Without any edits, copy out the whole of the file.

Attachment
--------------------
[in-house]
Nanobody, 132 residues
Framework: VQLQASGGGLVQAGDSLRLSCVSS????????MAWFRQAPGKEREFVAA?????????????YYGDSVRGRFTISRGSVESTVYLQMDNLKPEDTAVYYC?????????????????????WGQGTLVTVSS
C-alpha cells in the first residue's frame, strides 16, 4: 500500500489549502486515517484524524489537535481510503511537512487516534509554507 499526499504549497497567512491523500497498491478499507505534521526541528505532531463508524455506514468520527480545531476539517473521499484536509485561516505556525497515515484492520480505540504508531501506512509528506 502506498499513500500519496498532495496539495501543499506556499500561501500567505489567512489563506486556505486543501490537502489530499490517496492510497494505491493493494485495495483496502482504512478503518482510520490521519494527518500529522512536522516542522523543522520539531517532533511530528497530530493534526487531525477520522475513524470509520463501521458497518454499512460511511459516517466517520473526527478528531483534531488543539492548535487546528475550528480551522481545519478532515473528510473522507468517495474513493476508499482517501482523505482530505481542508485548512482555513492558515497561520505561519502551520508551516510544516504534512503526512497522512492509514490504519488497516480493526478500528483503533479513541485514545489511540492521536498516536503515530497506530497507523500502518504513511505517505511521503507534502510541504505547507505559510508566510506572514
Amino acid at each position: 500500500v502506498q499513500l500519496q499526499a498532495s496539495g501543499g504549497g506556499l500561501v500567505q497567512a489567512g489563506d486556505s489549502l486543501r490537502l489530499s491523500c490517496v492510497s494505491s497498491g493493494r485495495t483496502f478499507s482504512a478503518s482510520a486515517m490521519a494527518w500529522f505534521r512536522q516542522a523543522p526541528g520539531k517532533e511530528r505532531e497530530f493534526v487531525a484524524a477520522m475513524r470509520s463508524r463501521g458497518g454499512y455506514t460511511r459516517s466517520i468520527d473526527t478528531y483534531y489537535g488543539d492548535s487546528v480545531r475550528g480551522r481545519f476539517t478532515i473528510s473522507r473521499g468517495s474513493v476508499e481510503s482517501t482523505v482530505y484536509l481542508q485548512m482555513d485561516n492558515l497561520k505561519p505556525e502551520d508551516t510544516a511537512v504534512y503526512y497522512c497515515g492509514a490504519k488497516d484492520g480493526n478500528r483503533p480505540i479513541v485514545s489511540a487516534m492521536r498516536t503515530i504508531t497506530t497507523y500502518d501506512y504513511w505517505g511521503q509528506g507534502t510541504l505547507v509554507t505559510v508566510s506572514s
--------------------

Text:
[in-house]
Nanobody, 132 residues
Framework: VQLQASGGGLVQAGDSLRLSCVSS????????MAWFRQAPGKEREFVAA?????????????YYGDSVRGRFTISRGSVESTVYLQMDNLKPEDTAVYYC?????????????????????WGQGTLVTVSS
C-alpha cells in the first residue's frame, strides 16, 4: 500500500489549502486515517484524524489537535481510503511537512487516534509554507 499526499504549497497567512491523500497498491478499507505534521526541528505532531463508524455506514468520527480545531476539517473521499484536509485561516505556525497515515484492520480505540504508531501506512509528506 502506498499513500500519496498532495496539495501543499506556499500561501500567505489567512489563506486556505486543501490537502489530499490517496492510497494505491493493494485495495483496502482504512478503518482510520490521519494527518500529522512536522516542522523543522520539531517532533511530528497530530493534526487531525477520522475513524470509520463501521458497518454499512460511511459516517466517520473526527478528531483534531488543539492548535487546528475550528480551522481545519478532515473528510473522507468517495474513493476508499482517501482523505482530505481542508485548512482555513492558515497561520505561519502551520508551516510544516504534512503526512497522512492509514490504519488497516480493526478500528483503533479513541485514545489511540492521536498516536503515530497506530497507523500502518504513511505517505511521503507534502510541504505547507505559510508566510506572514
Amino acid at each position: 500500500v502506498q499513500l500519496q499526499a498532495s496539495g501543499g504549497g506556499l500561501v500567505q497567512a489567512g489563506d486556505s489549502l486543501r490537502l489530499s491523500c490517496v492510497s494505491s497498491g493493494r485495495t483496502f478499507s482504512a478503518s482510520a486515517m490521519a494527518w500529522f505534521r512536522q516542522a523543522p526541528g520539531k517532533e511530528r505532531e497530530f493534526v487531525a484524524a477520522m475513524r470509520s463508524r463501521g458497518g454499512y455506514t460511511r459516517s466517520i468520527d473526527t478528531y483534531y489537535g488543539d492548535s487546528v480545531r475550528g480551522r481545519f476539517t478532515i473528510s473522507r473521499g468517495s474513493v476508499e481510503s482517501t482523505v482530505y484536509l481542508q485548512m482555513d485561516n492558515l497561520k505561519p505556525e502551520d508551516t510544516a511537512v504534512y503526512y497522512c497515515g492509514a490504519k488497516d484492520g480493526n478500528r483503533p480505540i479513541v485514545s489511540a487516534m492521536r498516536t503515530i504508531t497506530t497507523y500502518d501506512y504513511w505517505g511521503q509528506g507534502t510541504l505547507v509554507t505559510v508566510s506572514s